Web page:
Wading knee-deep on a sparkling sandbar off East End, I am scanning the shallows for silver-gray bomblets. My hopes are high, since I haven't gone more than 10 minutes this day without spotting a bonefish.
Sure enough -- here he comes, swimming nonchalantly and occasionally tipping down to dig his nose in the sand, revealing his flashing, diaphanous tail.
I cast one of captain Perry Demeritte's ''Silent Killer'' flies four feet in front of the bonefish's snout and strip it. I can tell he sees the garish pink-and-brown bearded Gotcha because he makes a sharp left, and I feel the bump as he inhales it. Suddenly realizing he is hooked, the fish begins racing east, peeling out all the fly line on my 9-weight reel.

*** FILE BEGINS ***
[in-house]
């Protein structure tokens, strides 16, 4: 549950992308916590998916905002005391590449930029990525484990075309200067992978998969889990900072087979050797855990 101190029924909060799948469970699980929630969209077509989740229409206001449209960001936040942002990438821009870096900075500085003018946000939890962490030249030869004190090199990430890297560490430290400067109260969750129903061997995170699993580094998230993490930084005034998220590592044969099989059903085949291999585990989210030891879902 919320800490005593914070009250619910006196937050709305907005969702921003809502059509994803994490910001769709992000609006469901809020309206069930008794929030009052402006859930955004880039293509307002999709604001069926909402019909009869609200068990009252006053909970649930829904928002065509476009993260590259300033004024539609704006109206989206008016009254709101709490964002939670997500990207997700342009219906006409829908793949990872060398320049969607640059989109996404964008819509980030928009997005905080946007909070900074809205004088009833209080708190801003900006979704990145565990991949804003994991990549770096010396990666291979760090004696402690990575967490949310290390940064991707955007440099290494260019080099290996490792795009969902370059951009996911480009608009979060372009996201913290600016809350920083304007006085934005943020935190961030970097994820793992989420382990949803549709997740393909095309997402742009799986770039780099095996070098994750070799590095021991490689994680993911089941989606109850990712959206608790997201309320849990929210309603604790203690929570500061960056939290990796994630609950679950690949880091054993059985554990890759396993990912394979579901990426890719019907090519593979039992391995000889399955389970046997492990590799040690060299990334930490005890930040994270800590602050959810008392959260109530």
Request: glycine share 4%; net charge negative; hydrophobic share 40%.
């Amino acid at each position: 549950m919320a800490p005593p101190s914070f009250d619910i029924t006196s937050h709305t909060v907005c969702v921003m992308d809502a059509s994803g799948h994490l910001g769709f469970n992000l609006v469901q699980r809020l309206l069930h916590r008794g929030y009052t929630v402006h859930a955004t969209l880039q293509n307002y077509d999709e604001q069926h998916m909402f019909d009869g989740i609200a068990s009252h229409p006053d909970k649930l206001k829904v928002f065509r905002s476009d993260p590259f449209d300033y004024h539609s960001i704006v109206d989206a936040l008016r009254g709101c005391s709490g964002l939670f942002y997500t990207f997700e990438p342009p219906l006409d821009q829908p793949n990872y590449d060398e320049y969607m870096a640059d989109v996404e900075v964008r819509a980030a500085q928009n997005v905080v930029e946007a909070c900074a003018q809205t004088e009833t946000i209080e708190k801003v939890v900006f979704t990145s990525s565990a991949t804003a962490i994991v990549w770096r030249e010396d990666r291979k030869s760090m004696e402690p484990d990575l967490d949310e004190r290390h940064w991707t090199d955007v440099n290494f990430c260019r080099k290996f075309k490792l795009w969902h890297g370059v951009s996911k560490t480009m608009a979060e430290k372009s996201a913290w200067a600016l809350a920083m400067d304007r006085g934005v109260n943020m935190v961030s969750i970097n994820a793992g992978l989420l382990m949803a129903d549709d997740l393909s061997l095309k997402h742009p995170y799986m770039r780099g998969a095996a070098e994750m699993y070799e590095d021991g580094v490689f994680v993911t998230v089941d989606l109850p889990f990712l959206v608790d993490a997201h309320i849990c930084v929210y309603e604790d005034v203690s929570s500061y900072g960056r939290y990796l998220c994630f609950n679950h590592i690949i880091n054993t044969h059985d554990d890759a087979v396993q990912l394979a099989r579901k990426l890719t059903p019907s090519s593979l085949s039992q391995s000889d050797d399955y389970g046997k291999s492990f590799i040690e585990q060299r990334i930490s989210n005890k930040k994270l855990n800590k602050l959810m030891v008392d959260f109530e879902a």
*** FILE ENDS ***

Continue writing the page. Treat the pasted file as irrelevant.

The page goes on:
He's not very big -- tiny, in fact, by South Florida standards -- at about 2 pounds. But he's feisty, managing a five-minute fight before I reel him up to where I'm standing.
TAG, YOU'RE IT
Demeritte, wading with Walt Hunter about 50 yards, has heard the screams of me and the fly reel and heads toward me. Carrying a plastic kit with a Boga Grip, tape measure, tagging gun and data sheet, he and I quickly weigh and measure the fish.
''I want to tag him,'' Demeritte says.
He carefully sticks the needle behind a scale just below the dorsal fin and pulls the trigger, injecting a small streamer tag with ID and telephone numbers for the University of Miami Rosenstiel School. Then he puts the fish back into the water, walking it forward to force water into its gills. He lets it go when it struggles to swim free.
Number 11 for the day, and Demeritte's first fish-tagging adventure.
Read the rest of this article by Susan Cocking